Today, 7th May 2020, the U.S. Bureau of Labor Statistics announced that about 3.17 million jobs were lost in the nation in the last week. This calculated to an unemployment rate of 15.5%, an increase of 3.1% points from the previous week.

Total jobs lost in the COVID-19 pandemic, starting from the utterance of the “P” word, has been ___ in the I.S.

The virus’s global impact has led to what IMF called the Great Lockdown, resulting in economic inertia and contraction since Asia and Europe reported the first patients diagnosed with the coronavirus. The economic impact the world over has been devastating for national economies, an impact that’s hard-hit households, job security, and in the U.S., health care security.

TransUnion has been tracking consumer-level effects on a weekly basis, and today in Health Populi with 3 mm+ claims filed for Pandemic Unemployment Assistance, I wanted to share TU’s latest analysis of U.S. consumers’ financial health in the COVID-19 pandemic. The company is assessing peoples’ economic and financial distress each week; the data discussed here was collected online among 2,057 U.S. adults the week of 27 April 2020.

Six in 10 people in the U.S. said their household income was impacted by the pandemic, especially hard on Millennials. Consumers are concerned about their ability-to-pay for all kinds of bills, shown in the bar chart. Most concerning are credit cards, utilities, auto loans, insurance, and mobile phone bills, with mortgage and rent and medical bills (which are worrisome for 1 in 4 U.S. consumers compared with the high of 44% concerned about credit cards and 40%, utilities).

1 in 3 consumers said paying their mobile phone bill is worrisome — a sign of this pandemic, #StayHome moment where connecting to digital lives for tele-work at home, social connections via virtual platforms, and everyday life.

Paying for health care is still on the minds of consumers in the pandemic era. The third chart illustrates the importance of cost for screening or treatment for COVID-19, with Millennials most highly concerned about the cost of the virus. 57% of Millennials indicate the cost of care for COVID19 is extremely or very important, followed by 49% of Gen X and 35% of the youngest (Gen Z) and oldest (Boomer) cohorts in the study.

Health Populi’s Hot Points:  As with the virus itself, the financial impact of the pandemic isn’t impacting consumers consistently. TransUnion points out that the pandemic is “magnifying” existing socioeconomic differences, something the company well understands through its years of addressing consumers’ financial health and credit scores.

The last chart details TransUnion’s bottom-line insight that, globally, low-income earners are twice as likely to have lost their job. Given their lower level of financial health, folks earning lower incomes would have 5.9 weeks of bandwidth until they would be unable to pay their bills.

One of the big realizations in the U.S. pandemic among mainstream people who don’t work in health care or policy is that the virus has hit people of color and of lower socioeconomic status much harder in terms of mortality and health outcomes.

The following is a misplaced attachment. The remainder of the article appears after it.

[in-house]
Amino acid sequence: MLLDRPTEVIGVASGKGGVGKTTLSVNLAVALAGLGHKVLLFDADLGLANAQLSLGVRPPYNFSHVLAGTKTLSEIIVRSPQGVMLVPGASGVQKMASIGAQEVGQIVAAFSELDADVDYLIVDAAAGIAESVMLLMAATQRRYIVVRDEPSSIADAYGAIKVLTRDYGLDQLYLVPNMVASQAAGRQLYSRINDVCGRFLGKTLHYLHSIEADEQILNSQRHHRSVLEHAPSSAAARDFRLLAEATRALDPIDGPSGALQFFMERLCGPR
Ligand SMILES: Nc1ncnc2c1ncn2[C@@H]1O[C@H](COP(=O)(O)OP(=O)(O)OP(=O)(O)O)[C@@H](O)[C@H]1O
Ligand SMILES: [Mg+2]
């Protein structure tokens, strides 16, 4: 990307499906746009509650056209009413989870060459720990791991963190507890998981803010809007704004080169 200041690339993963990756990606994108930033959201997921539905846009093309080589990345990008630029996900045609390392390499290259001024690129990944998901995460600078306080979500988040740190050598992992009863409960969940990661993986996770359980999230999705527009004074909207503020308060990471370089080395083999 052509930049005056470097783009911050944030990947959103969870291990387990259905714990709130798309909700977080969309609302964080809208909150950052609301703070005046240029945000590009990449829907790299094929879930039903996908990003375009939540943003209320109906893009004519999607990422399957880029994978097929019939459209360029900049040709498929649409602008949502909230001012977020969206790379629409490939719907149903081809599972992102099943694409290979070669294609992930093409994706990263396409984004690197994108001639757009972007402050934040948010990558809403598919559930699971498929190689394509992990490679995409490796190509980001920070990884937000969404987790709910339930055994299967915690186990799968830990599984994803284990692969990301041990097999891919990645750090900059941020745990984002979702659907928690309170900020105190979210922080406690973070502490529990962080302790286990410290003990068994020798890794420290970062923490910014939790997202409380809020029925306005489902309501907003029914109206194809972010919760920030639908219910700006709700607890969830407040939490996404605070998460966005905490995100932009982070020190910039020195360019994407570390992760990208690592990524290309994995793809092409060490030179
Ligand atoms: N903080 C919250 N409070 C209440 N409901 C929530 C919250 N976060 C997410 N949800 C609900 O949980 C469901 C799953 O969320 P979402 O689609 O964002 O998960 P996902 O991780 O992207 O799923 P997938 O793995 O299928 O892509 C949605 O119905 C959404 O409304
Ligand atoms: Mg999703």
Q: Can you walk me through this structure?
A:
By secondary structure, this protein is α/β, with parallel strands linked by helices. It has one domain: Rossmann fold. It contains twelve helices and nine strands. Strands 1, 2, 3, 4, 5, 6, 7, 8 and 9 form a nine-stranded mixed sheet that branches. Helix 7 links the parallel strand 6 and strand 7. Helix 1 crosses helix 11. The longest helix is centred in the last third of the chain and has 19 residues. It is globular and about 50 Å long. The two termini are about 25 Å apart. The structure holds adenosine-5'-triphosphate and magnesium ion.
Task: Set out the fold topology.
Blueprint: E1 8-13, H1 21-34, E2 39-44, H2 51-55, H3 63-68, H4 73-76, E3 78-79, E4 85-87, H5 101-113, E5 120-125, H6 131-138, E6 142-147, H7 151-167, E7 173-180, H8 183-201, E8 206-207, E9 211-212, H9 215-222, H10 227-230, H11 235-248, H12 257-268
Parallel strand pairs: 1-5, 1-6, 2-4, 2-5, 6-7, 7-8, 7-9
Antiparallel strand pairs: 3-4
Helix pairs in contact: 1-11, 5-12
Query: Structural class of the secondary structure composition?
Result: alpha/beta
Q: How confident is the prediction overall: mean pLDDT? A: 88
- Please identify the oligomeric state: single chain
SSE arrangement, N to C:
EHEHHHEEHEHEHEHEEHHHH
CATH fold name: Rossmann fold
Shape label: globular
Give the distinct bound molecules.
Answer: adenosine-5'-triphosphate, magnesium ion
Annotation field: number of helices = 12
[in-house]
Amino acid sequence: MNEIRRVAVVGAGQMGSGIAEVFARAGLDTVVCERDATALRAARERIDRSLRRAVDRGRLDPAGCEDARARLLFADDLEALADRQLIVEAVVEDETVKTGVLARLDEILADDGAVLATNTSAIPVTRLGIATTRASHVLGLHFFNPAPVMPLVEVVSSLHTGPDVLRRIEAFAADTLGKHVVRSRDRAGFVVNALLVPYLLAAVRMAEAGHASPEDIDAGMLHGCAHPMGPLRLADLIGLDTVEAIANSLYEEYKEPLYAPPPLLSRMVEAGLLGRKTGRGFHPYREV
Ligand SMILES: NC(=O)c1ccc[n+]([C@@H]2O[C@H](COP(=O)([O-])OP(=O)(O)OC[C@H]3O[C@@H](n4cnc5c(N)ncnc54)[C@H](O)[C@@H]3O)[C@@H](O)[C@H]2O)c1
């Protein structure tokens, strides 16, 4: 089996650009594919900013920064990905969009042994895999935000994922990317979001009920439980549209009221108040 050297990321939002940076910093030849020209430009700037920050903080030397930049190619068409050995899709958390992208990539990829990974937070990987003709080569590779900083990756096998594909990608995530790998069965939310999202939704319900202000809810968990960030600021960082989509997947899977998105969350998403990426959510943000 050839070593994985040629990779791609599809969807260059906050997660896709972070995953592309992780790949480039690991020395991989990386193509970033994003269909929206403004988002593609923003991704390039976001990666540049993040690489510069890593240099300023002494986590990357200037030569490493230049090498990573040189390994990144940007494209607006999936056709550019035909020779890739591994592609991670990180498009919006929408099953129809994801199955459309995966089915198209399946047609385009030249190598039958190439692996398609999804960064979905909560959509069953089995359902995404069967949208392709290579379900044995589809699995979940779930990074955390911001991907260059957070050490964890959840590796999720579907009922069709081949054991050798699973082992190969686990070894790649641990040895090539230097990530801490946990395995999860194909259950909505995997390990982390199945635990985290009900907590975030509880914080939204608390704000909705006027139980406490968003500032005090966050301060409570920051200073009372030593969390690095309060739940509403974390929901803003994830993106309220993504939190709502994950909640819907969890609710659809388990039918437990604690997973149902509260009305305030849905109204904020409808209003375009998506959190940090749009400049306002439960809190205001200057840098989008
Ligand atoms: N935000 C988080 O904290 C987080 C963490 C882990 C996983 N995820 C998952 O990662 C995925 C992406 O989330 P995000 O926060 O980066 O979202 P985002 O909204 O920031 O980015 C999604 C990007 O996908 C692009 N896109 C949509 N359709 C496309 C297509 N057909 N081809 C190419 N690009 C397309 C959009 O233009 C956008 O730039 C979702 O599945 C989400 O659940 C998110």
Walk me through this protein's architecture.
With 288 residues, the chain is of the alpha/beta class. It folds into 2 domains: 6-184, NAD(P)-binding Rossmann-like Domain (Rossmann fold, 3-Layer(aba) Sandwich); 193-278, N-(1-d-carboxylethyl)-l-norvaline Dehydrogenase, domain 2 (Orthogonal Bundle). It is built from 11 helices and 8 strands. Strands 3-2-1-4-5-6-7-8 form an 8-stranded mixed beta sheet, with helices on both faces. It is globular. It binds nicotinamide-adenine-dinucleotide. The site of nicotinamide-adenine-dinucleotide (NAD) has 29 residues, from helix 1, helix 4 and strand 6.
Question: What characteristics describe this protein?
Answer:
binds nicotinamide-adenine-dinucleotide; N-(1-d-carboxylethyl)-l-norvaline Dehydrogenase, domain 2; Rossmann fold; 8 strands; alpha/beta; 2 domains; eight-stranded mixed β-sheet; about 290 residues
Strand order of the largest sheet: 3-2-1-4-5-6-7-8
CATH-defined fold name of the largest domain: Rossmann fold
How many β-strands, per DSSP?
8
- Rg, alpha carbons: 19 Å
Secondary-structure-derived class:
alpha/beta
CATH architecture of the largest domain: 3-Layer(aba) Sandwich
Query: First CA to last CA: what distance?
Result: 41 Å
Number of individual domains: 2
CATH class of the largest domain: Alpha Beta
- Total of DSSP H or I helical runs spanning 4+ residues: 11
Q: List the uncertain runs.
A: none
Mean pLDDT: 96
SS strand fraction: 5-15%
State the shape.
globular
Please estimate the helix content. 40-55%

Socioeconomic status — which is underpinned by income at the base — sets the table for a person’s well-being from birth, influencing education opportunities, jobs and pay levels (including the bundling of health insurance into a “good job”), food security and health quality, environmental health (like clean air and clean water), and access to broadband connectivity where data plans may be too expensive to pay. This came through TransUnion’s data point that mobile phone bills had ability-to-pay challenges for 1 in 3 people overall.

This week, JAMA published a Viewpoint by Dr. Donald Berwick titled, “Choices for the ‘New Normal.” In the essay, Dr. Berwick, who leads the Institute for Healthcare Improvement and has spent a career in public service and academia to indeed improve health care for everyone, confessed that,

“No one can say with certainty what the consequences of this pandemic will be in 6 months, let alone 6 years or 60….Fate will not create the new normal; choices will.” He offers six “choices” to be considered for effectively addressing and solving COVID-19 in the U.S., including:

  • The speed of learning
  • The value of standards
  • Protecting the workforce
  • Virtual care
  • Preparedness for threats, and
  • Inequity.

This sixth choice is what TransUnion illustrates in this last chart…which Dr. Berwick calls “the worm in the heart of the world.”

“Will leaders and the public now at last commit to a firm, generous, and durable social and economic safety net?” he asks. “That would accomplish more for human health and well-being than any vaccine or miracle drug ever can,” he asserts.

COVID-19 is teaching us, ruthlessly and painfully, about our interconnectedness globally, and the uniquely American interconnectedness between health, wealth, a civil society, and public health.

Postscript 4 pm 5-7-20 — since posting this earlier today, I received a new report from the Pew Research Center including this data point — that people of color have more trouble paying for cellphone bills and home broadband costs.

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